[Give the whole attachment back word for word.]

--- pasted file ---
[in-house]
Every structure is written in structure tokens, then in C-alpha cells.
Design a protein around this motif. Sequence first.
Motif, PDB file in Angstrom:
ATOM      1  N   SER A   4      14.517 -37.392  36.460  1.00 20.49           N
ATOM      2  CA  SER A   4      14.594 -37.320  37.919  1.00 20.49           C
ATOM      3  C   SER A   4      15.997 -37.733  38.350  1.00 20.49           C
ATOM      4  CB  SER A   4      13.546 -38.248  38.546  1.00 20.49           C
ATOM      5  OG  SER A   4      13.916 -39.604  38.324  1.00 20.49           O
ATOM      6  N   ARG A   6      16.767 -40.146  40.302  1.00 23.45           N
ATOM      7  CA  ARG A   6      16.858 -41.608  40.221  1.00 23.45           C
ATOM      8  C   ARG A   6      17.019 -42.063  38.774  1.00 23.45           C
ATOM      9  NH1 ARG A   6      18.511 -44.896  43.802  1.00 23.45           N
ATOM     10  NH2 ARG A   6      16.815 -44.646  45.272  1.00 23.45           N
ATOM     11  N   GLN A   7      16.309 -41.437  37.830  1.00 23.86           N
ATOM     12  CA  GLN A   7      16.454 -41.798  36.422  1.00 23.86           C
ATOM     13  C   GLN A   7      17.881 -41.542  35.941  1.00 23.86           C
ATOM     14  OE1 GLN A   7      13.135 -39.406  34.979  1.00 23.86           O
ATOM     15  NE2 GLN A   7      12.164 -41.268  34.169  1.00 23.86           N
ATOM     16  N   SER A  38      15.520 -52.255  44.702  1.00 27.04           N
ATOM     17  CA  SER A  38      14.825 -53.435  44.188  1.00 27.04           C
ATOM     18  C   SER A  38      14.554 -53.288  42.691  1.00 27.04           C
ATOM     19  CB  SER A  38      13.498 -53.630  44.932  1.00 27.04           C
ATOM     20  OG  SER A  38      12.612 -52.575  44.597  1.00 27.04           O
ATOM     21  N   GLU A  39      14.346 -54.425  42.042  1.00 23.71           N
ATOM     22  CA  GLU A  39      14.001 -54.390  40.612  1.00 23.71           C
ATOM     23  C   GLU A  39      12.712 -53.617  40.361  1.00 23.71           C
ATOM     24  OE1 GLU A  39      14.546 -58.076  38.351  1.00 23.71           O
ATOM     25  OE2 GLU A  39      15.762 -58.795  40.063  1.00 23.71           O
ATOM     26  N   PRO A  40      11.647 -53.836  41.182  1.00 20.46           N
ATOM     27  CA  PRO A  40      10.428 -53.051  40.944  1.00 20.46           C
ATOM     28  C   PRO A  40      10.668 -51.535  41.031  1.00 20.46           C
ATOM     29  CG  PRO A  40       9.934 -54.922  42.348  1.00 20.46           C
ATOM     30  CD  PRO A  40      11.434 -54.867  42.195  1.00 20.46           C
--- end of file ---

[in-house]
Every structure is written in structure tokens, then in C-alpha cells.
Design a protein around this motif. Sequence first.
Motif, PDB file in Angstrom:
ATOM      1  N   SER A   4      14.517 -37.392  36.460  1.00 20.49           N
ATOM      2  CA  SER A   4      14.594 -37.320  37.919  1.00 20.49           C
ATOM      3  C   SER A   4      15.997 -37.733  38.350  1.00 20.49           C
ATOM      4  CB  SER A   4      13.546 -38.248  38.546  1.00 20.49           C
ATOM      5  OG  SER A   4      13.916 -39.604  38.324  1.00 20.49           O
ATOM      6  N   ARG A   6      16.767 -40.146  40.302  1.00 23.45           N
ATOM      7  CA  ARG A   6      16.858 -41.608  40.221  1.00 23.45           C
ATOM      8  C   ARG A   6      17.019 -42.063  38.774  1.00 23.45           C
ATOM      9  NH1 ARG A   6      18.511 -44.896  43.802  1.00 23.45           N
ATOM     10  NH2 ARG A   6      16.815 -44.646  45.272  1.00 23.45           N
ATOM     11  N   GLN A   7      16.309 -41.437  37.830  1.00 23.86           N
ATOM     12  CA  GLN A   7      16.454 -41.798  36.422  1.00 23.86           C
ATOM     13  C   GLN A   7      17.881 -41.542  35.941  1.00 23.86           C
ATOM     14  OE1 GLN A   7      13.135 -39.406  34.979  1.00 23.86           O
ATOM     15  NE2 GLN A   7      12.164 -41.268  34.169  1.00 23.86           N
ATOM     16  N   SER A  38      15.520 -52.255  44.702  1.00 27.04           N
ATOM     17  CA  SER A  38      14.825 -53.435  44.188  1.00 27.04           C
ATOM     18  C   SER A  38      14.554 -53.288  42.691  1.00 27.04           C
ATOM     19  CB  SER A  38      13.498 -53.630  44.932  1.00 27.04           C
ATOM     20  OG  SER A  38      12.612 -52.575  44.597  1.00 27.04           O
ATOM     21  N   GLU A  39      14.346 -54.425  42.042  1.00 23.71           N
ATOM     22  CA  GLU A  39      14.001 -54.390  40.612  1.00 23.71           C
ATOM     23  C   GLU A  39      12.712 -53.617  40.361  1.00 23.71           C
ATOM     24  OE1 GLU A  39      14.546 -58.076  38.351  1.00 23.71           O
ATOM     25  OE2 GLU A  39      15.762 -58.795  40.063  1.00 23.71           O
ATOM     26  N   PRO A  40      11.647 -53.836  41.182  1.00 20.46           N
ATOM     27  CA  PRO A  40      10.428 -53.051  40.944  1.00 20.46           C
ATOM     28  C   PRO A  40      10.668 -51.535  41.031  1.00 20.46           C
ATOM     29  CG  PRO A  40       9.934 -54.922  42.348  1.00 20.46           C
ATOM     30  CD  PRO A  40      11.434 -54.867  42.195  1.00 20.46           C